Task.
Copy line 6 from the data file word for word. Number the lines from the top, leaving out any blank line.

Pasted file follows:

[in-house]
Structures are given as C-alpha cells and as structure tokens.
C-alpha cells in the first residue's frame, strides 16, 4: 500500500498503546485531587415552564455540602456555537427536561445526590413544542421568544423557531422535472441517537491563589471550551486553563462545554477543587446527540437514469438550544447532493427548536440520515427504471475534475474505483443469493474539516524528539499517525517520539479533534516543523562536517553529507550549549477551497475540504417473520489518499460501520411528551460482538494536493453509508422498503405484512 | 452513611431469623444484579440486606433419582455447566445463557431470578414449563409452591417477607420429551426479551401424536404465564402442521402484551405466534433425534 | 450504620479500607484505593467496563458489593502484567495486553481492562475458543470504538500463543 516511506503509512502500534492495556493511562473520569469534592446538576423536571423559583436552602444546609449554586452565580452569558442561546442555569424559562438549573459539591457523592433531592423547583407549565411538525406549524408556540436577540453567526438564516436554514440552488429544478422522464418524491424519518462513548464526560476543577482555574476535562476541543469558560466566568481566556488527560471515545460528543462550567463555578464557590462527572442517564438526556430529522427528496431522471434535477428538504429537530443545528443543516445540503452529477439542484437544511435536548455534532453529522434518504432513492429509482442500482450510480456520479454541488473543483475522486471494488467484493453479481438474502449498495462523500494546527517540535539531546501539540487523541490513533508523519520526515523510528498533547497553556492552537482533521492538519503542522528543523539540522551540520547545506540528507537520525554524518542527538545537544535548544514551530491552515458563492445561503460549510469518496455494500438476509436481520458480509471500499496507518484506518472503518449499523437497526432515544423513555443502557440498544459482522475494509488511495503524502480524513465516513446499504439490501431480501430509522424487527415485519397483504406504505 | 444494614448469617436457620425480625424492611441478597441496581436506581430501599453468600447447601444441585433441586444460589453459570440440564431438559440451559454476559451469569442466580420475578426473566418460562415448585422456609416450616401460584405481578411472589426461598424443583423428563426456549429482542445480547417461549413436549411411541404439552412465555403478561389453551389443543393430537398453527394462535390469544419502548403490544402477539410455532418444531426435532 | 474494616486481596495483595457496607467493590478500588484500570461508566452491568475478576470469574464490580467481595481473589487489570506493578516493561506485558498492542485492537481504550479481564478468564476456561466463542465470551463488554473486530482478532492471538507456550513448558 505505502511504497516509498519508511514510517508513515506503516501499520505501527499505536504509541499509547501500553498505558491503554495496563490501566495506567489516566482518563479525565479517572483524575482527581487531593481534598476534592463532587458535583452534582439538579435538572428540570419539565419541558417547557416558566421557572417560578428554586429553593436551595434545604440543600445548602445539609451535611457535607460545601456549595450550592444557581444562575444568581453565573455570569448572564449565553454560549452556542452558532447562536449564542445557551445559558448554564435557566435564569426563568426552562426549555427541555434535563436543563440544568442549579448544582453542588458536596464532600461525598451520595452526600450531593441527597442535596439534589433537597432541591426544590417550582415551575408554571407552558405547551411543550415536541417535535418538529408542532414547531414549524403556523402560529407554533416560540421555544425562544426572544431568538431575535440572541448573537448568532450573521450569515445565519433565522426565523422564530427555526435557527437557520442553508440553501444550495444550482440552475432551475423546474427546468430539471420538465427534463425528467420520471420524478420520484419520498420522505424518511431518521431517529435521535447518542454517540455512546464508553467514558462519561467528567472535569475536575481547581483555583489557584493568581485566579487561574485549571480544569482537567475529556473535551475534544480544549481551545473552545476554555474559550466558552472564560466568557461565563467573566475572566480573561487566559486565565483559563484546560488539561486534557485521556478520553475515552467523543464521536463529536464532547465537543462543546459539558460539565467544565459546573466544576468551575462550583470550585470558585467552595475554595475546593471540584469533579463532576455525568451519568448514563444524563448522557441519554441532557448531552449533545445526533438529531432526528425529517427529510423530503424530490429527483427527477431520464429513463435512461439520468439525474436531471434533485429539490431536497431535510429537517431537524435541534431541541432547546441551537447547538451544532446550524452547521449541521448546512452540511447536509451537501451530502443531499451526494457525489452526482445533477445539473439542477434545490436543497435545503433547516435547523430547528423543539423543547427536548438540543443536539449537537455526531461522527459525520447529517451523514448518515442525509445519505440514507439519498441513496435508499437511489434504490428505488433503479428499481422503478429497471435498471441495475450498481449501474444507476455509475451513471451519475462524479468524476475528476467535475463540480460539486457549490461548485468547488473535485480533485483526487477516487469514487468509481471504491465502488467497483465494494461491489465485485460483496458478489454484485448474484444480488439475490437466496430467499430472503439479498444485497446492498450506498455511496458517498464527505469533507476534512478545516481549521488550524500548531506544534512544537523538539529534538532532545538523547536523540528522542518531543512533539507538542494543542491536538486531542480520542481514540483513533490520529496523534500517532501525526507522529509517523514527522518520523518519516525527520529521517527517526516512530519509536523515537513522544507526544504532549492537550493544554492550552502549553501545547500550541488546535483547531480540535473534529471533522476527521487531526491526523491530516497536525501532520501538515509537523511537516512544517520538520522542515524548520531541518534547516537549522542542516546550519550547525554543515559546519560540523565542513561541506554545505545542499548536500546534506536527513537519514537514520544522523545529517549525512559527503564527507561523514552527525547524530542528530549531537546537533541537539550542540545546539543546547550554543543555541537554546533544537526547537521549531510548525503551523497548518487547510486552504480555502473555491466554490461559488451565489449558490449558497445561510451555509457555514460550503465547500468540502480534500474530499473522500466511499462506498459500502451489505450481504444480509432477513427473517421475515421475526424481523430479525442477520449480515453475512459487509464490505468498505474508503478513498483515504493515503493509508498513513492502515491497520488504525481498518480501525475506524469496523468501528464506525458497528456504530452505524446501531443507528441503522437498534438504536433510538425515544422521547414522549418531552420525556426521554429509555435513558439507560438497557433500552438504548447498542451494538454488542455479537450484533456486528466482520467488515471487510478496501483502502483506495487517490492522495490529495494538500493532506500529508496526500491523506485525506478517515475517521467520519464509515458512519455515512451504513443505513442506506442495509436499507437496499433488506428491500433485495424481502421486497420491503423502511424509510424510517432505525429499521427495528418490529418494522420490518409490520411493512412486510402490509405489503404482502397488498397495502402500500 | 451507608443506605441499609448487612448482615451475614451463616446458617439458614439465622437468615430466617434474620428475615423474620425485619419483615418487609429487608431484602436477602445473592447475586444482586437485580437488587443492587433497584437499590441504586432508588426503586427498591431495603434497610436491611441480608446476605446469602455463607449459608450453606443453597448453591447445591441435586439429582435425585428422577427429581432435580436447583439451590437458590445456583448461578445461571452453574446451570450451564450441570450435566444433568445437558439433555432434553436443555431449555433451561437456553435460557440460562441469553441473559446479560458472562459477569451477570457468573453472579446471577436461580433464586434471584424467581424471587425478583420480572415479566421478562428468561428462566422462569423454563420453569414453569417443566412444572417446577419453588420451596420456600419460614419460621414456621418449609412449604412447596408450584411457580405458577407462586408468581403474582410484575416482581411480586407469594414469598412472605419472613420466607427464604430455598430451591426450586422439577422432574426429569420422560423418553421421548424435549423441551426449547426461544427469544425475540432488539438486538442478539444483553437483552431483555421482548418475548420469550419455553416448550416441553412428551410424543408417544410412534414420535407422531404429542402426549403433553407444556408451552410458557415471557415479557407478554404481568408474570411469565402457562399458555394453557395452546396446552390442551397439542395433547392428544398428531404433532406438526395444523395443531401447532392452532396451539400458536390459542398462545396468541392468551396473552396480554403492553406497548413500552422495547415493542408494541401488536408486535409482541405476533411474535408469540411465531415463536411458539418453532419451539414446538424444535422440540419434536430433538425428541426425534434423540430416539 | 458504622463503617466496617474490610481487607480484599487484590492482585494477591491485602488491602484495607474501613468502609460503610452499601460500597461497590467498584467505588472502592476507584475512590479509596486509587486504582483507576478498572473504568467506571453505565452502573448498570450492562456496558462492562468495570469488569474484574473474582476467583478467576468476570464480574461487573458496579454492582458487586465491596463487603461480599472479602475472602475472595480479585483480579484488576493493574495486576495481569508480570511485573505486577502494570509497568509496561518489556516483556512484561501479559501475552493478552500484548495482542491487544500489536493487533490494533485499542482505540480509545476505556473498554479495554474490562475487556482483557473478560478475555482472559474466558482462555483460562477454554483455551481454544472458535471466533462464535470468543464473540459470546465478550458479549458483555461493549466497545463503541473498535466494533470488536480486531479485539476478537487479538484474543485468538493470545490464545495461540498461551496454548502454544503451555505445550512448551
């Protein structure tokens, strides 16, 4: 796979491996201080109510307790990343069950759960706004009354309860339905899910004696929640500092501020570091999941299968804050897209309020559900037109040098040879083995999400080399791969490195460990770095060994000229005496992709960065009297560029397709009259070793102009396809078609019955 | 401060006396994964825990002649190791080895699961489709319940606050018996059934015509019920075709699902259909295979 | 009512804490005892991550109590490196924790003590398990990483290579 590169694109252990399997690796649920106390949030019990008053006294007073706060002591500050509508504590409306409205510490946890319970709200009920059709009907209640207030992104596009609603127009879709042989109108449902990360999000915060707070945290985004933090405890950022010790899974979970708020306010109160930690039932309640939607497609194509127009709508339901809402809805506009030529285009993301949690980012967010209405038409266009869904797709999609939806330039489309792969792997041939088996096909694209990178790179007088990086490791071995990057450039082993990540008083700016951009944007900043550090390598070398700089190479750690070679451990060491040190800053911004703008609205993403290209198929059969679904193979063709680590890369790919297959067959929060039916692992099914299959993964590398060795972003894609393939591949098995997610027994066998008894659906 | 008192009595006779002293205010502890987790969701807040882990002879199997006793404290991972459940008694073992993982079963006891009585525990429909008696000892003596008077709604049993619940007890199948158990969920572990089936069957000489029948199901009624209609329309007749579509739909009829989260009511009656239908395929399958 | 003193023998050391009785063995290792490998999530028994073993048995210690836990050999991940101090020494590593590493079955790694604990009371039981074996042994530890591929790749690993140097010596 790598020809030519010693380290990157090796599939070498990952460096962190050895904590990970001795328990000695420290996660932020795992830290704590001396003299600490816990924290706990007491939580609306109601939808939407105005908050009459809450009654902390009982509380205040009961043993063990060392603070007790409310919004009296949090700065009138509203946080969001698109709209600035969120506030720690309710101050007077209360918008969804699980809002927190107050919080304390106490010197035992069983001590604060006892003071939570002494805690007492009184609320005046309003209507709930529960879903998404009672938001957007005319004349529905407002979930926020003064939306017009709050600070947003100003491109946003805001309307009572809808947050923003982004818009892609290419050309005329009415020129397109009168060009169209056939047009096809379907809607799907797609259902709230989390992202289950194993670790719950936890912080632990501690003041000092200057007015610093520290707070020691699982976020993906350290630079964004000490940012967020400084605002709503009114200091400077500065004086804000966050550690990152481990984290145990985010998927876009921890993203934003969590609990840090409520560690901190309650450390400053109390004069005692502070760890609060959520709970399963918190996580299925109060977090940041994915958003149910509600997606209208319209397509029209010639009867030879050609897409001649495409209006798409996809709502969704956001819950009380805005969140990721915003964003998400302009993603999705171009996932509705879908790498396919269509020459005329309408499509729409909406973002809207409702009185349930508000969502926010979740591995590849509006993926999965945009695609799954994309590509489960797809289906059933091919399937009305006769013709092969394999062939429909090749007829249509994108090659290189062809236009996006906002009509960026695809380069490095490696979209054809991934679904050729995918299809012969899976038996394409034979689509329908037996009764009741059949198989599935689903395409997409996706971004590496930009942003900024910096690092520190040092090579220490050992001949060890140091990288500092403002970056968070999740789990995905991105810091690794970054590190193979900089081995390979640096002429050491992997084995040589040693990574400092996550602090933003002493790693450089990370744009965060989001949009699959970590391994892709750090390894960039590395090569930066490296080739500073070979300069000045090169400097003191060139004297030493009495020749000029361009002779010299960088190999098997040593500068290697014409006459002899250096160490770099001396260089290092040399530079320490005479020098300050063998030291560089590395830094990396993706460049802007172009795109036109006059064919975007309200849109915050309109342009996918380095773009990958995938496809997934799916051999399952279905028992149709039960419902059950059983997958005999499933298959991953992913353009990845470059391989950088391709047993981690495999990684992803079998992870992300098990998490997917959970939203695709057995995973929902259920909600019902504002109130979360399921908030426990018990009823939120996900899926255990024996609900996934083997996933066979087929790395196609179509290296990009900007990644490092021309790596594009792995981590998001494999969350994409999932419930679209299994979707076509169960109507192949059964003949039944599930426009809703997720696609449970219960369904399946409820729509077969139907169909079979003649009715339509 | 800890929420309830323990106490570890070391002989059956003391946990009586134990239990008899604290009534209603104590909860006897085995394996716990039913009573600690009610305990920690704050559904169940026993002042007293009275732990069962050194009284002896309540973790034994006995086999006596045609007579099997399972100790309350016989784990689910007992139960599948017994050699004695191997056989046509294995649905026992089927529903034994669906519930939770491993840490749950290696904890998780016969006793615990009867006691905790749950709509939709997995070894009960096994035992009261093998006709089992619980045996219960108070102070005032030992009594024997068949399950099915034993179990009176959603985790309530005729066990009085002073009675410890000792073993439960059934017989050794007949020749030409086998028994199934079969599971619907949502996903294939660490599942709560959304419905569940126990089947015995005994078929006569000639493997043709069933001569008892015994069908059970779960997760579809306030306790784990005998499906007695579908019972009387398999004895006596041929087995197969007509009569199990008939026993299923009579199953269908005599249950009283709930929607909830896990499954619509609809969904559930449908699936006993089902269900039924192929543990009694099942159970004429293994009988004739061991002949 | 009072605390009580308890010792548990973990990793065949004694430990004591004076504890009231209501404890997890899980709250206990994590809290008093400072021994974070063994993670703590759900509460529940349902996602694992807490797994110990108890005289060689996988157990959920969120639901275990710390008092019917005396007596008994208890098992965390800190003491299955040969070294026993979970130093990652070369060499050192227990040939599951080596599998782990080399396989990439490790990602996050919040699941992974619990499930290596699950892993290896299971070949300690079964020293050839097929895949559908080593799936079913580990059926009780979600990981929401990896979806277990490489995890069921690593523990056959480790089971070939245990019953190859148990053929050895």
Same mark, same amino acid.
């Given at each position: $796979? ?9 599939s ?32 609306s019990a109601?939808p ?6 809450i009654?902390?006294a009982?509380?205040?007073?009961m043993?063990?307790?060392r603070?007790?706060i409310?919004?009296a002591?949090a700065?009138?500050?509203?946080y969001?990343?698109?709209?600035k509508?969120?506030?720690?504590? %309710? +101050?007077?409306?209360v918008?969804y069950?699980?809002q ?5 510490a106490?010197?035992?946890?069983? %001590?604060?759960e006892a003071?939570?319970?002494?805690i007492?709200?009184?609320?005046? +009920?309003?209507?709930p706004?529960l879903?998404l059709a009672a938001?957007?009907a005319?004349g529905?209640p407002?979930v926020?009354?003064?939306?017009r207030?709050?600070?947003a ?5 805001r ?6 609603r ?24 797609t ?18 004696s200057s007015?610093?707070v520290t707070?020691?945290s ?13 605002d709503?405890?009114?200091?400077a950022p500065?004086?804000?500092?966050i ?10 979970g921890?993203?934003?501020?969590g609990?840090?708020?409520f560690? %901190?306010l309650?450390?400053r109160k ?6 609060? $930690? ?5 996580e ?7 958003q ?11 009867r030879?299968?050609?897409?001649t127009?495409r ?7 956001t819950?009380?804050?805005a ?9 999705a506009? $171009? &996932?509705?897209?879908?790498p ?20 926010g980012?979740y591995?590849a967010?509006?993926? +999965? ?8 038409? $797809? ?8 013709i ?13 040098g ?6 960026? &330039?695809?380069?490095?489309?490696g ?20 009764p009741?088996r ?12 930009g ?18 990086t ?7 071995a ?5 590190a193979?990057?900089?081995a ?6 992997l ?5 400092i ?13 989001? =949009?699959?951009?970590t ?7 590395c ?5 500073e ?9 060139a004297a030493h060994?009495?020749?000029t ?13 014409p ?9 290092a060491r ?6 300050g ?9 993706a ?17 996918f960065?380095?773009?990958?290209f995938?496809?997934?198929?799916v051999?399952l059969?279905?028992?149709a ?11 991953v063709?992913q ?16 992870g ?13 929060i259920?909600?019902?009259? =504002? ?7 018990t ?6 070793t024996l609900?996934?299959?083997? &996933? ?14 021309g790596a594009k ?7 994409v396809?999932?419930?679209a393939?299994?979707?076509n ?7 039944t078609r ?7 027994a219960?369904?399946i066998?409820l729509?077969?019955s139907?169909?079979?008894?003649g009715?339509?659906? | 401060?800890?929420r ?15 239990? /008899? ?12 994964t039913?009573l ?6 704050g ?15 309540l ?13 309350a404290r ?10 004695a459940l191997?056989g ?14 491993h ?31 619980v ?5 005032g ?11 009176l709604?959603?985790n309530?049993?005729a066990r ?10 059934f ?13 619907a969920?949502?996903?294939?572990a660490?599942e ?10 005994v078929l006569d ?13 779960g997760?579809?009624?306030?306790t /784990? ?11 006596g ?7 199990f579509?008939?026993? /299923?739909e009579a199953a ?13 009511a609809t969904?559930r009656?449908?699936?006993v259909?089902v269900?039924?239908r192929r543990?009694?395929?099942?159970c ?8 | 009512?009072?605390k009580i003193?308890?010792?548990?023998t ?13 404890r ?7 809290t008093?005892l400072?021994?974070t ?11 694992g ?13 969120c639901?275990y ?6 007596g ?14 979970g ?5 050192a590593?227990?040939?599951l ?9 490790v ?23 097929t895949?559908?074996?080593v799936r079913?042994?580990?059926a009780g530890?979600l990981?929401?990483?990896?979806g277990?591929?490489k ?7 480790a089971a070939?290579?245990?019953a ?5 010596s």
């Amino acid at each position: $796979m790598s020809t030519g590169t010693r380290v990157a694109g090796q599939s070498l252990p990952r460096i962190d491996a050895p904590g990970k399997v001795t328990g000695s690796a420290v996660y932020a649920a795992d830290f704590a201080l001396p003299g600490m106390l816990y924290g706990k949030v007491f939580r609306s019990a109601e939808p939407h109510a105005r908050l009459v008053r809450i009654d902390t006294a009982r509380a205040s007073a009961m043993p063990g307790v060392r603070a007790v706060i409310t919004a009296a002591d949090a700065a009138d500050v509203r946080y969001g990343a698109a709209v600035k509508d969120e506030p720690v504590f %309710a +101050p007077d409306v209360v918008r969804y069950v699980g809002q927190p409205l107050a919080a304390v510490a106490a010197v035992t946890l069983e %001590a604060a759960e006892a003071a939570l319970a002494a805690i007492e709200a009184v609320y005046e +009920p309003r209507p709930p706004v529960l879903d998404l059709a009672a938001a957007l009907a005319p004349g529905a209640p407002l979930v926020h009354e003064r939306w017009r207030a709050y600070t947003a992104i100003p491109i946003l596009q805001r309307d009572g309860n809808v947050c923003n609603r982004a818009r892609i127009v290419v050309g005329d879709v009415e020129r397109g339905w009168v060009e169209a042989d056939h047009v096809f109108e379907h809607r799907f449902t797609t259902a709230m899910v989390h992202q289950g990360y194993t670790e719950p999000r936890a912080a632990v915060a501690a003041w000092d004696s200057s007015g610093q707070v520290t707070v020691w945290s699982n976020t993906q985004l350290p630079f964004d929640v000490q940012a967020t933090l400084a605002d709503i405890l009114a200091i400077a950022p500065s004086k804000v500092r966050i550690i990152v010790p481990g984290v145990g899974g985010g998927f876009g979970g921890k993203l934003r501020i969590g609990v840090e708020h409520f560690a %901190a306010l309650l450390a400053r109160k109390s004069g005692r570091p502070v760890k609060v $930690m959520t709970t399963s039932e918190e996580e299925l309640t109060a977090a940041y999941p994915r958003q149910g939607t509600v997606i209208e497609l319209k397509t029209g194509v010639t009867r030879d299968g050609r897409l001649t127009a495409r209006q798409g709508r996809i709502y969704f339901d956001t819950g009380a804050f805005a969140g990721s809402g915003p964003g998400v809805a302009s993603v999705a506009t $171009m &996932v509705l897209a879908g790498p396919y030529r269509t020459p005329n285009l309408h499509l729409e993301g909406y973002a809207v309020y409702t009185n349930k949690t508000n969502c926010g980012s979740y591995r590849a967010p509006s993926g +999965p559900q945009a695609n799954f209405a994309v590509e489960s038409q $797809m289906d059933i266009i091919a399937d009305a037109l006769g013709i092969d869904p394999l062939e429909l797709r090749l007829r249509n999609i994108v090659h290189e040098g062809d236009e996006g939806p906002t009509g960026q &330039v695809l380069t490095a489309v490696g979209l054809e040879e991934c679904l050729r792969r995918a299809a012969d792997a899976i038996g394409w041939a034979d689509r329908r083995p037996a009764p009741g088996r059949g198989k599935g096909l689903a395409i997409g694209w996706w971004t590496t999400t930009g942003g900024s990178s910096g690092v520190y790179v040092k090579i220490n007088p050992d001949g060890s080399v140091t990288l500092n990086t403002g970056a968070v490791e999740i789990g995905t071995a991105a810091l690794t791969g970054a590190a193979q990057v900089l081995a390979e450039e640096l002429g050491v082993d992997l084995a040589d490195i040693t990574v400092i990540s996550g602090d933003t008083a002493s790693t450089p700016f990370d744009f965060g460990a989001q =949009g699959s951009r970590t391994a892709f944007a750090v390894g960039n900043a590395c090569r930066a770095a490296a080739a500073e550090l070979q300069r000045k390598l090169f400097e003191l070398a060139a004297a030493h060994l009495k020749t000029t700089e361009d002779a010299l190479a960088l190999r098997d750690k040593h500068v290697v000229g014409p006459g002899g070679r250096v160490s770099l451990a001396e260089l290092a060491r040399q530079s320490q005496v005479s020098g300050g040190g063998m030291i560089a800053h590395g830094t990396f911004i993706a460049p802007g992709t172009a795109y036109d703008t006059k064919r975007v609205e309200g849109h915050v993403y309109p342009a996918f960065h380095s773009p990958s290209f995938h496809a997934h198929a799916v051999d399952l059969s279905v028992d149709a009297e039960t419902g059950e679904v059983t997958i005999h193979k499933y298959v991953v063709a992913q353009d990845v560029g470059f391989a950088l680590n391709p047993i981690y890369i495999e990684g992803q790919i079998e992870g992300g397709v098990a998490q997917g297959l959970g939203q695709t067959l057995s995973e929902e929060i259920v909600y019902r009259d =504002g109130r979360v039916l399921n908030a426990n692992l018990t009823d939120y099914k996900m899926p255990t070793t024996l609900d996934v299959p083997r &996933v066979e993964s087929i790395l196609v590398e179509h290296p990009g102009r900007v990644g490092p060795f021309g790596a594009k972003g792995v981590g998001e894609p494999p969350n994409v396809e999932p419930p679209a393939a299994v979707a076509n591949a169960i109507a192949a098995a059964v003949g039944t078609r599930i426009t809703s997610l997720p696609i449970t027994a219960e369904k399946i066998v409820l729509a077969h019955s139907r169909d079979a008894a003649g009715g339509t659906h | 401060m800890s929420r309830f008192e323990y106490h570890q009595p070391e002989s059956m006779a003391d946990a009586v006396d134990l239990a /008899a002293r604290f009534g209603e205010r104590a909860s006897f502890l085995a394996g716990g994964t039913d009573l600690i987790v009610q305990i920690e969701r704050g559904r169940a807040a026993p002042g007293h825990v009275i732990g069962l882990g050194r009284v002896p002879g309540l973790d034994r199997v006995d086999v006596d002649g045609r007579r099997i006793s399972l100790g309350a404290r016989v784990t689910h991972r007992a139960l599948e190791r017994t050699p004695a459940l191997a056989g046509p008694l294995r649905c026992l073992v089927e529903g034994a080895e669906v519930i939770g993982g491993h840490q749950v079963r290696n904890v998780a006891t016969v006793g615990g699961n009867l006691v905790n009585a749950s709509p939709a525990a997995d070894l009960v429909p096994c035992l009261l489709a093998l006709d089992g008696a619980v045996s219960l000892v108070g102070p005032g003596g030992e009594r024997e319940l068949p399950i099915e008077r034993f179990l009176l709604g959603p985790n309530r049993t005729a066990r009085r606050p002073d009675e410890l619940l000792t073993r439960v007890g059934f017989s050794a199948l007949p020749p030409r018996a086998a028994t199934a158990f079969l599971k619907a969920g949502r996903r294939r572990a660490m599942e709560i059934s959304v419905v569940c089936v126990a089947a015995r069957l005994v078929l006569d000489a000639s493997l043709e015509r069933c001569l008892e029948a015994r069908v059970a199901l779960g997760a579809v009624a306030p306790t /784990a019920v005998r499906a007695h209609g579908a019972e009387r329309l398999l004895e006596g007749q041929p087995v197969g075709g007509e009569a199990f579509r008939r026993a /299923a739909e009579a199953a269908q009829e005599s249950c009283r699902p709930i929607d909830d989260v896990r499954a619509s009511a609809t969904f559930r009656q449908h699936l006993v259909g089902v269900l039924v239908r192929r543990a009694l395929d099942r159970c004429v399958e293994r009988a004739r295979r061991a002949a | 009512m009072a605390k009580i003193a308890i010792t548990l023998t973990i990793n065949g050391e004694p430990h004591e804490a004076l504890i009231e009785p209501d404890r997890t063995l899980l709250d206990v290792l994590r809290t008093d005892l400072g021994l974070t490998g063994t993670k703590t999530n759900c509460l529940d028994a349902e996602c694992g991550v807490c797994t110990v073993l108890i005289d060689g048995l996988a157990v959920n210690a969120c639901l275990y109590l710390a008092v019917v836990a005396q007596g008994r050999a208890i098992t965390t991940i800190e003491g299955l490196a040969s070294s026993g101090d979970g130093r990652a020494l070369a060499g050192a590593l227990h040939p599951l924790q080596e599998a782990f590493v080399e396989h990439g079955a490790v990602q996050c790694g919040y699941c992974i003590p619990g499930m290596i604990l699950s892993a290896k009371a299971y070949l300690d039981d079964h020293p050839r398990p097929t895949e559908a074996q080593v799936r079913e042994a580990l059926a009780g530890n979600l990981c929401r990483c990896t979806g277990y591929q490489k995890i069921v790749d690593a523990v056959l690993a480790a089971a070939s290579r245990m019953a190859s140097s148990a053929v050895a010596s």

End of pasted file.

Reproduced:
């Given at each position: $796979? ?9 599939s ?32 609306s019990a109601?939808p ?6 809450i009654?902390?006294a009982?509380?205040?007073?009961m043993?063990?307790?060392r603070?007790?706060i409310?919004?009296a002591?949090a700065?009138?500050?509203?946080y969001?990343?698109?709209?600035k509508?969120?506030?720690?504590? %309710? +101050?007077?409306?209360v918008?969804y069950?699980?809002q ?5 510490a106490?010197?035992?946890?069983? %001590?604060?759960e006892a003071?939570?319970?002494?805690i007492?709200?009184?609320?005046? +009920?309003?209507?709930p706004?529960l879903?998404l059709a009672a938001?957007?009907a005319?004349g529905?209640p407002?979930v926020?009354?003064?939306?017009r207030?709050?600070?947003a ?5 805001r ?6 609603r ?24 797609t ?18 004696s200057s007015?610093?707070v520290t707070?020691?945290s ?13 605002d709503?405890?009114?200091?400077a950022p500065?004086?804000?500092?966050i ?10 979970g921890?993203?934003?501020?969590g609990?840090?708020?409520f560690? %901190?306010l309650?450390?400053r109160k ?6 609060? $930690? ?5 996580e ?7 958003q ?11 009867r030879?299968?050609?897409?001649t127009?495409r ?7 956001t819950?009380?804050?805005a ?9 999705a506009? $171009? &996932?509705?897209?879908?790498p ?20 926010g980012?979740y591995?590849a967010?509006?993926? +999965? ?8 038409? $797809? ?8 013709i ?13 040098g ?6 960026? &330039?695809?380069?490095?489309?490696g ?20 009764p009741?088996r ?12 930009g ?18 990086t ?7 071995a ?5 590190a193979?990057?900089?081995a ?6 992997l ?5 400092i ?13 989001? =949009?699959?951009?970590t ?7 590395c ?5 500073e ?9 060139a004297a030493h060994?009495?020749?000029t ?13 014409p ?9 290092a060491r ?6 300050g ?9 993706a ?17 996918f960065?380095?773009?990958?290209f995938?496809?997934?198929?799916v051999?399952l059969?279905?028992?149709a ?11 991953v063709?992913q ?16 992870g ?13 929060i259920?909600?019902?009259? =504002? ?7 018990t ?6 070793t024996l609900?996934?299959?083997? &996933? ?14 021309g790596a594009k ?7 994409v396809?999932?419930?679209a393939?299994?979707?076509n ?7 039944t078609r ?7 027994a219960?369904?399946i066998?409820l729509?077969?019955s139907?169909?079979?008894?003649g009715?339509?659906? | 401060?800890?929420r ?15 239990? /008899? ?12 994964t039913?009573l ?6 704050g ?15 309540l ?13 309350a404290r ?10 004695a459940l191997?056989g ?14 491993h ?31 619980v ?5 005032g ?11 009176l709604?959603?985790n309530?049993?005729a066990r ?10 059934f ?13 619907a969920?949502?996903?294939?572990a660490?599942e ?10 005994v078929l006569d ?13 779960g997760?579809?009624?306030?306790t /784990? ?11 006596g ?7 199990f579509?008939?026993? /299923?739909e009579a199953a ?13 009511a609809t969904?559930r009656?449908?699936?006993v259909?089902v269900?039924?239908r192929r543990?009694?395929?099942?159970c ?8 | 009512?009072?605390k009580i003193?308890?010792?548990?023998t ?13 404890r ?7 809290t008093?005892l400072?021994?974070t ?11 694992g ?13 969120c639901?275990y ?6 007596g ?14 979970g ?5 050192a590593?227990?040939?599951l ?9 490790v ?23 097929t895949?559908?074996?080593v799936r079913?042994?580990?059926a009780g530890?979600l990981?929401?990483?990896?979806g277990?591929?490489k ?7 480790a089971a070939?290579?245990?019953a ?5 010596s």